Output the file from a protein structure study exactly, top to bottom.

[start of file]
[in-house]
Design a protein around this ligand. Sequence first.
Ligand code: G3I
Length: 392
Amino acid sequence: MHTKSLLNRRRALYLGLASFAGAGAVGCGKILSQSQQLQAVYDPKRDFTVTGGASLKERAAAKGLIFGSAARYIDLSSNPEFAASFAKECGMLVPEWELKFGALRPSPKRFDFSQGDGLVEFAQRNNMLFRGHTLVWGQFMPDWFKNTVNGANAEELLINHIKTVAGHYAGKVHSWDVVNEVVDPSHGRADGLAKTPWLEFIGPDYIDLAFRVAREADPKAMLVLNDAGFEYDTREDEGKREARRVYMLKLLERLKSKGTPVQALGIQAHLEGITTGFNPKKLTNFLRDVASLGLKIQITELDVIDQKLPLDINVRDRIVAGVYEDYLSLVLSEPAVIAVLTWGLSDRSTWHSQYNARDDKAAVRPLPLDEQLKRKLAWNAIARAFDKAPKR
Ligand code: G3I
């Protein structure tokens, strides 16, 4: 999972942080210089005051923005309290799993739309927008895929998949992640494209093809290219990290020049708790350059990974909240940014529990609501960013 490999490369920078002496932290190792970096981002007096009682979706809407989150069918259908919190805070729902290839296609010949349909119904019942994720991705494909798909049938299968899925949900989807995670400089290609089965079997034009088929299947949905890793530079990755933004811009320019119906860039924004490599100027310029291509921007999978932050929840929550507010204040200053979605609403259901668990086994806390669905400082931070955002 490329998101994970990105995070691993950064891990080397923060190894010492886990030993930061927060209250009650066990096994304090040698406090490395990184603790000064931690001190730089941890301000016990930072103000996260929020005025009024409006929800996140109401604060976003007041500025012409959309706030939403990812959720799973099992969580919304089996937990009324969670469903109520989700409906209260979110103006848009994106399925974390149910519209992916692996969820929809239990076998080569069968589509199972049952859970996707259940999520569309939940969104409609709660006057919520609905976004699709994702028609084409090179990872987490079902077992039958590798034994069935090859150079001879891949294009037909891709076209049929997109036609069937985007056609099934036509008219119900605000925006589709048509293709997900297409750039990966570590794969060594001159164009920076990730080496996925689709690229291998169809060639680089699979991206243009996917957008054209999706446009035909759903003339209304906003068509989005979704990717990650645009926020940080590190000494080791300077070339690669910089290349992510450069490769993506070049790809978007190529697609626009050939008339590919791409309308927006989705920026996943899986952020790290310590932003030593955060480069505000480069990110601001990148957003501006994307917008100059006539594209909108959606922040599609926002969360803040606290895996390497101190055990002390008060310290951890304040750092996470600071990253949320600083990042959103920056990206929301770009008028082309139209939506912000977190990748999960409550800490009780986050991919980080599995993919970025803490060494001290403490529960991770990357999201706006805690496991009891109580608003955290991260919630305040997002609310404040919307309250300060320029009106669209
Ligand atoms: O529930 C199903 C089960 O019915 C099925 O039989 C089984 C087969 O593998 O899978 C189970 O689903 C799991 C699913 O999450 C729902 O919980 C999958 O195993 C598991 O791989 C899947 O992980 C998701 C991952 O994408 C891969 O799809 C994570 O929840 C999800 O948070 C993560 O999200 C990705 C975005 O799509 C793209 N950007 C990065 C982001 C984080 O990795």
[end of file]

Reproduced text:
[in-house]
Design a protein around this ligand. Sequence first.
Ligand code: G3I
Length: 392
Amino acid sequence: MHTKSLLNRRRALYLGLASFAGAGAVGCGKILSQSQQLQAVYDPKRDFTVTGGASLKERAAAKGLIFGSAARYIDLSSNPEFAASFAKECGMLVPEWELKFGALRPSPKRFDFSQGDGLVEFAQRNNMLFRGHTLVWGQFMPDWFKNTVNGANAEELLINHIKTVAGHYAGKVHSWDVVNEVVDPSHGRADGLAKTPWLEFIGPDYIDLAFRVAREADPKAMLVLNDAGFEYDTREDEGKREARRVYMLKLLERLKSKGTPVQALGIQAHLEGITTGFNPKKLTNFLRDVASLGLKIQITELDVIDQKLPLDINVRDRIVAGVYEDYLSLVLSEPAVIAVLTWGLSDRSTWHSQYNARDDKAAVRPLPLDEQLKRKLAWNAIARAFDKAPKR
Ligand code: G3I
């Protein structure tokens, strides 16, 4: 999972942080210089005051923005309290799993739309927008895929998949992640494209093809290219990290020049708790350059990974909240940014529990609501960013 490999490369920078002496932290190792970096981002007096009682979706809407989150069918259908919190805070729902290839296609010949349909119904019942994720991705494909798909049938299968899925949900989807995670400089290609089965079997034009088929299947949905890793530079990755933004811009320019119906860039924004490599100027310029291509921007999978932050929840929550507010204040200053979605609403259901668990086994806390669905400082931070955002 490329998101994970990105995070691993950064891990080397923060190894010492886990030993930061927060209250009650066990096994304090040698406090490395990184603790000064931690001190730089941890301000016990930072103000996260929020005025009024409006929800996140109401604060976003007041500025012409959309706030939403990812959720799973099992969580919304089996937990009324969670469903109520989700409906209260979110103006848009994106399925974390149910519209992916692996969820929809239990076998080569069968589509199972049952859970996707259940999520569309939940969104409609709660006057919520609905976004699709994702028609084409090179990872987490079902077992039958590798034994069935090859150079001879891949294009037909891709076209049929997109036609069937985007056609099934036509008219119900605000925006589709048509293709997900297409750039990966570590794969060594001159164009920076990730080496996925689709690229291998169809060639680089699979991206243009996917957008054209999706446009035909759903003339209304906003068509989005979704990717990650645009926020940080590190000494080791300077070339690669910089290349992510450069490769993506070049790809978007190529697609626009050939008339590919791409309308927006989705920026996943899986952020790290310590932003030593955060480069505000480069990110601001990148957003501006994307917008100059006539594209909108959606922040599609926002969360803040606290895996390497101190055990002390008060310290951890304040750092996470600071990253949320600083990042959103920056990206929301770009008028082309139209939506912000977190990748999960409550800490009780986050991919980080599995993919970025803490060494001290403490529960991770990357999201706006805690496991009891109580608003955290991260919630305040997002609310404040919307309250300060320029009106669209
Ligand atoms: O529930 C199903 C089960 O019915 C099925 O039989 C089984 C087969 O593998 O899978 C189970 O689903 C799991 C699913 O999450 C729902 O919980 C999958 O195993 C598991 O791989 C899947 O992980 C998701 C991952 O994408 C891969 O799809 C994570 O929840 C999800 O948070 C993560 O999200 C990705 C975005 O799509 C793209 N950007 C990065 C982001 C984080 O990795």